According to a study conducted in India and published in the BMJ Open Diabetes Research and Care journal, there is a link between exposure to polluted air and risk of type-2 diabetes.
According to research done in Delhi and Chennai, breathing in high concentrations of small pollution particles (PM2.5), which are 30 times finer than a hair strand, raises the risk of type-2 diabetes and raises blood sugar levels.
The researchers said that exposure to fine particulate matter has been associated with several cardiovascular and cardiometabolic diseases,
However, they noted that most of this evidence comes from cross-sectional studies or low-pollution settings, meaning that research from high-pollution regions—like India, where the burden of non-communicable diseases is high—is required.
The group, which included researchers from the Centre for Chronic Disease Control in New Delhi, evaluated more than 12,000 men and women between 2010 and 2017 and took monthly readings of their blood sugar levels.
They also used satellite data and air pollution exposure models to determine the air pollution in the locality of each participant during that time.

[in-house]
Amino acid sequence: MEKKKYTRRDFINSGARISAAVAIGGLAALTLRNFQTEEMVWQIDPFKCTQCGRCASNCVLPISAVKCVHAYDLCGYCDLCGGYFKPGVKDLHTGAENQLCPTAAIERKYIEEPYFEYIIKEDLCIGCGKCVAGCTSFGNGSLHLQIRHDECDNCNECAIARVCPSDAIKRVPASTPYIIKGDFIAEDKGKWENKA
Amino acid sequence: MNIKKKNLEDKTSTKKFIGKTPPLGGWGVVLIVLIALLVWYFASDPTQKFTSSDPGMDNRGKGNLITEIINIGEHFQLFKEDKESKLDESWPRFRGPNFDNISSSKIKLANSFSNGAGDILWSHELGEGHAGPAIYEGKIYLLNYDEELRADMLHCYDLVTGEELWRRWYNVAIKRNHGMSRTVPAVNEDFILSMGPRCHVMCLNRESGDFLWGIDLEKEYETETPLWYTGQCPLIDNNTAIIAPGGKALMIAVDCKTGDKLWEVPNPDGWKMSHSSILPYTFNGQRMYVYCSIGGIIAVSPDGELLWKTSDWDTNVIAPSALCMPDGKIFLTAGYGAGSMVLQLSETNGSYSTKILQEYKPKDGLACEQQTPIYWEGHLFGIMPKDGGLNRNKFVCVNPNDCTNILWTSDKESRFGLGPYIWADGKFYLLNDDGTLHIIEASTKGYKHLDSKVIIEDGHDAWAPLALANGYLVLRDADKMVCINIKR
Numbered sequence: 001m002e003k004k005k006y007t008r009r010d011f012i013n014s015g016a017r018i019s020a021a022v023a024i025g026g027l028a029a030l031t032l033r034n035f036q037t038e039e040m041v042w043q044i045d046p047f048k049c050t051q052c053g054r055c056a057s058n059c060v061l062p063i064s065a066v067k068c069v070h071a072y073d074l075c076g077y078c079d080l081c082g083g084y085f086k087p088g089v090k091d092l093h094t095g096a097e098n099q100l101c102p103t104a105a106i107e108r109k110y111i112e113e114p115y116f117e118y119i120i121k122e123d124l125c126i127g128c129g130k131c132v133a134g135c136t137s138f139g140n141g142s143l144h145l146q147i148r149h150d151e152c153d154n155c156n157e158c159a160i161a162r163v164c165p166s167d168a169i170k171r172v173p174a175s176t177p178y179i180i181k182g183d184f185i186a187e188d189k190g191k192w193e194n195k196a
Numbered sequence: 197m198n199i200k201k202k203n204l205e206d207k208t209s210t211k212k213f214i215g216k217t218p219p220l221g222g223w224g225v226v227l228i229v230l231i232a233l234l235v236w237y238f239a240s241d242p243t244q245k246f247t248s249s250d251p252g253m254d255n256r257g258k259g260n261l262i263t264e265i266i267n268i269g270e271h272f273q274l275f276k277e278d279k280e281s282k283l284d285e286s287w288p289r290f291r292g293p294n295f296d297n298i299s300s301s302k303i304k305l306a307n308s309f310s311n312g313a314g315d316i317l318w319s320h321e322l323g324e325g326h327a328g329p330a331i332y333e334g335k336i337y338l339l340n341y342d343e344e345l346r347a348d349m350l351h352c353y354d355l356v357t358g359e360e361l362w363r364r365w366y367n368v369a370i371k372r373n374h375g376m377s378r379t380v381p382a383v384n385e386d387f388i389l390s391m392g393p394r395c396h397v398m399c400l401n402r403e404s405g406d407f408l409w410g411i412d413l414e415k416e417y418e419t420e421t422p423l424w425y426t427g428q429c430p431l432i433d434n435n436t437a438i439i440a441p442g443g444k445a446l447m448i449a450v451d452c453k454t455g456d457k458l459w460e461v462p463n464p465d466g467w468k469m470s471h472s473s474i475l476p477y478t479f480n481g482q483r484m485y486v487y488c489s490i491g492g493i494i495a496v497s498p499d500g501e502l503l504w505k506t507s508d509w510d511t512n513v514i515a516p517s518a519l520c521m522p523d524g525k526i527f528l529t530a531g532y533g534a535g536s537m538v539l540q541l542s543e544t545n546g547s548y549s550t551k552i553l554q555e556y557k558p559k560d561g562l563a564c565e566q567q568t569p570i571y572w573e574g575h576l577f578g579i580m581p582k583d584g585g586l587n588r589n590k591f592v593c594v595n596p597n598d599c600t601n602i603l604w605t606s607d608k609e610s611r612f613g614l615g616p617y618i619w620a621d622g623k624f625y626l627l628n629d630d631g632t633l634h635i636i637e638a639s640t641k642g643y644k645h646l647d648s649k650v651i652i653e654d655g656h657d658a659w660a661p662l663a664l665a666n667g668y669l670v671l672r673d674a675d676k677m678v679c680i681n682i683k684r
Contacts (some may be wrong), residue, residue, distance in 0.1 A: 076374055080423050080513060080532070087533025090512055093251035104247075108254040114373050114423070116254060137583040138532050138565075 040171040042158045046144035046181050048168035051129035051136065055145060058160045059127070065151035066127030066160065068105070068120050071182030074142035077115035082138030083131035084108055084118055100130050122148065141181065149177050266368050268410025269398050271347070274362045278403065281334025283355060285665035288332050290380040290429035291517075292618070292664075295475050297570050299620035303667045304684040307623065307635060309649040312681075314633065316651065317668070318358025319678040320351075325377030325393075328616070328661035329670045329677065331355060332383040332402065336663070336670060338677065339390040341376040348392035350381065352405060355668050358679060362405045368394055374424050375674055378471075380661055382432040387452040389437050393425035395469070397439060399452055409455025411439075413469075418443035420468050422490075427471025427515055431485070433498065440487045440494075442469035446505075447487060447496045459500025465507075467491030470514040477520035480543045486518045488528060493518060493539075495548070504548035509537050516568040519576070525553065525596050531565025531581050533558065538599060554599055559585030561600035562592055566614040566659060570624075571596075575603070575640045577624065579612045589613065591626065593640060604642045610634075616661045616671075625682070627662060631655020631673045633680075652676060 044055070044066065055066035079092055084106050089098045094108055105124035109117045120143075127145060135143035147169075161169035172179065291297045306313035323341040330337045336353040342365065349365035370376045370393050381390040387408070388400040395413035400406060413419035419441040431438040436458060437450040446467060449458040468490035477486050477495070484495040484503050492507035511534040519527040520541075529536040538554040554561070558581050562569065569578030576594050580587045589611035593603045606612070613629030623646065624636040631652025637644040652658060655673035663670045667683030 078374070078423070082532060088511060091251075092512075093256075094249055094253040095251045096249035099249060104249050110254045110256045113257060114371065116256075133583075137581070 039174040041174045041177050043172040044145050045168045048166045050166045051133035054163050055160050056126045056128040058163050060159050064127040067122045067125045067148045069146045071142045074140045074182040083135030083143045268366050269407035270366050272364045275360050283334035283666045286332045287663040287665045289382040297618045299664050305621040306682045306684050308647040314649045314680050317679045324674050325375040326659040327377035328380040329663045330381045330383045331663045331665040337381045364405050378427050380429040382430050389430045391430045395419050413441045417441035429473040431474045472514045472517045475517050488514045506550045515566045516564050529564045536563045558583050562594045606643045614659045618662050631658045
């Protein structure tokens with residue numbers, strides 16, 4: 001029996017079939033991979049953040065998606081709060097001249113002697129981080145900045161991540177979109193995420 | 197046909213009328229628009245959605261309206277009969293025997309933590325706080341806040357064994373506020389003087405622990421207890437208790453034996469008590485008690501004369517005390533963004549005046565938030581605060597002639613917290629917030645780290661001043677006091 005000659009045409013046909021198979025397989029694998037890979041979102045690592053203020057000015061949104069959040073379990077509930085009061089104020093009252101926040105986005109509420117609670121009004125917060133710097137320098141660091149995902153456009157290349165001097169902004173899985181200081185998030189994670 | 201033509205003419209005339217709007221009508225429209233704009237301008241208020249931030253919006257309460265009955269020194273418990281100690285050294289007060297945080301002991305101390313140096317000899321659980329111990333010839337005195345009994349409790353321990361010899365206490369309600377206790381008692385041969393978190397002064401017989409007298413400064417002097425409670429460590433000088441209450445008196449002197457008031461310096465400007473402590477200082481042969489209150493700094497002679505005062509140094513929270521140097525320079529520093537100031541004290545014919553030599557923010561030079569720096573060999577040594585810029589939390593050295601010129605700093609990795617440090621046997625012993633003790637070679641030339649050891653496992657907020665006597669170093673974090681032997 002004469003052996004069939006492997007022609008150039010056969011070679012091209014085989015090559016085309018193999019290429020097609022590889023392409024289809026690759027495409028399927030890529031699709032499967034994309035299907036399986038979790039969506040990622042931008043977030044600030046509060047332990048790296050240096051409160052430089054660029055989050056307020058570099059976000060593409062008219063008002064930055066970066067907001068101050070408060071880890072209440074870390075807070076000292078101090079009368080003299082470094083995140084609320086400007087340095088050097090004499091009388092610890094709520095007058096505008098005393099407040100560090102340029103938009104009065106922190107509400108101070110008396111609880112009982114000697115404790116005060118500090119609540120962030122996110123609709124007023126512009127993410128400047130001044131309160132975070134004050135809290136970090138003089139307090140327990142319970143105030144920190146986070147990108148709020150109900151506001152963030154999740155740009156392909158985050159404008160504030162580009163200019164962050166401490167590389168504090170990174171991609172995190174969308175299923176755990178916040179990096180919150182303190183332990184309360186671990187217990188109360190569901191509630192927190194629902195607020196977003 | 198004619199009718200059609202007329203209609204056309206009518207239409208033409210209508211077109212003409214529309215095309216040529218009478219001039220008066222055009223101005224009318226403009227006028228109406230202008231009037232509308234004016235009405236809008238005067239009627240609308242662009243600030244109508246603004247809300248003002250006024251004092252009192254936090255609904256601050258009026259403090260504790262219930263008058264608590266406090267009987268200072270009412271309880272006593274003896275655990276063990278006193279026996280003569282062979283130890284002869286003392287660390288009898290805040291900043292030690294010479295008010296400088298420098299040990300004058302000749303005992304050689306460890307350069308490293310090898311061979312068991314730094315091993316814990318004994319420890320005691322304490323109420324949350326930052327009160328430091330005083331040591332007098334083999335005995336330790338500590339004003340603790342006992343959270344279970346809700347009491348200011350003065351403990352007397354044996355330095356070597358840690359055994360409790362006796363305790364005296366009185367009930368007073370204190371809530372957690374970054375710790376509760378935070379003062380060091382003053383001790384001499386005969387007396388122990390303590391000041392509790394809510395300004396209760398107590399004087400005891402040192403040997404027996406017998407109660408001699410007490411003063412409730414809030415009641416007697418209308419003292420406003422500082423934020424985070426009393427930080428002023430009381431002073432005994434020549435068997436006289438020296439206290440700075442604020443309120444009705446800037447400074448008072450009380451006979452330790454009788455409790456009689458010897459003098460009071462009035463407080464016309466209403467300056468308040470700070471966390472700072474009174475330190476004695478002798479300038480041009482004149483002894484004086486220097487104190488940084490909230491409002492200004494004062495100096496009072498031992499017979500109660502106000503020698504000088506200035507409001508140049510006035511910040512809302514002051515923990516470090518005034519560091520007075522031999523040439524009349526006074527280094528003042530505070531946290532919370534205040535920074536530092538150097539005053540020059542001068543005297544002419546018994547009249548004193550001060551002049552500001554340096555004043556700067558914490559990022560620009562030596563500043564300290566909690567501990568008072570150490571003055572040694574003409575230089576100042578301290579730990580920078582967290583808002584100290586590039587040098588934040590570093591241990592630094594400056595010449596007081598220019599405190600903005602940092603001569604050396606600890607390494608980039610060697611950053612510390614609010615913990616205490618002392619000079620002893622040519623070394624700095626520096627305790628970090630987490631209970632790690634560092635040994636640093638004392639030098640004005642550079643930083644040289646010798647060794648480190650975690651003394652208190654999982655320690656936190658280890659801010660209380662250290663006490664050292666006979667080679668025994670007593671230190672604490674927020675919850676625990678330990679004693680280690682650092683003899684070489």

The study showed that one month of exposure to PM2.5 led to increased levels of blood sugar and prolonged exposure of one year or more led to higher risk of diabetes.
It also found that for every 10 micrograms per cubic metre ( g/m3) increase in annual average PM2.5 level in the two cities, the risk for diabetes increased by 22 per cent.
There is a significant gap in research due to the lack of robust exposure assessment and longitudinal studies in the large South Asian population which experiences a high burden of disease due to diabetes.
“This study provides evidence linking short-term, medium-term and long-term exposure to PM2.5, assessed from locally developed high-resolution spatiotemporal models, glycemic markers and incidence of diabetes from a highly polluted region with a high burden of diabetes,” the authors of the study noted.
“The findings add to the existing evidence from low-pollution scenarios in the Western population,” they said.
The collective evidence, according to the researchers, offers guidance for formulating and putting into practise population- and region-specific policies.
They said that in order to significantly improve population-level public health, these measures could be directed towards lowering ambient air pollution in an effort to combat the high prevalence of diabetes.
Researchers from the All India Institute of Medical Sciences in New Delhi, Harvard University and Emory University in the US, the Public Health Foundation of India in New Delhi, the Madras Diabetes Research Foundation in Chennai, and other universities were also on the team.
(With PTI inputs)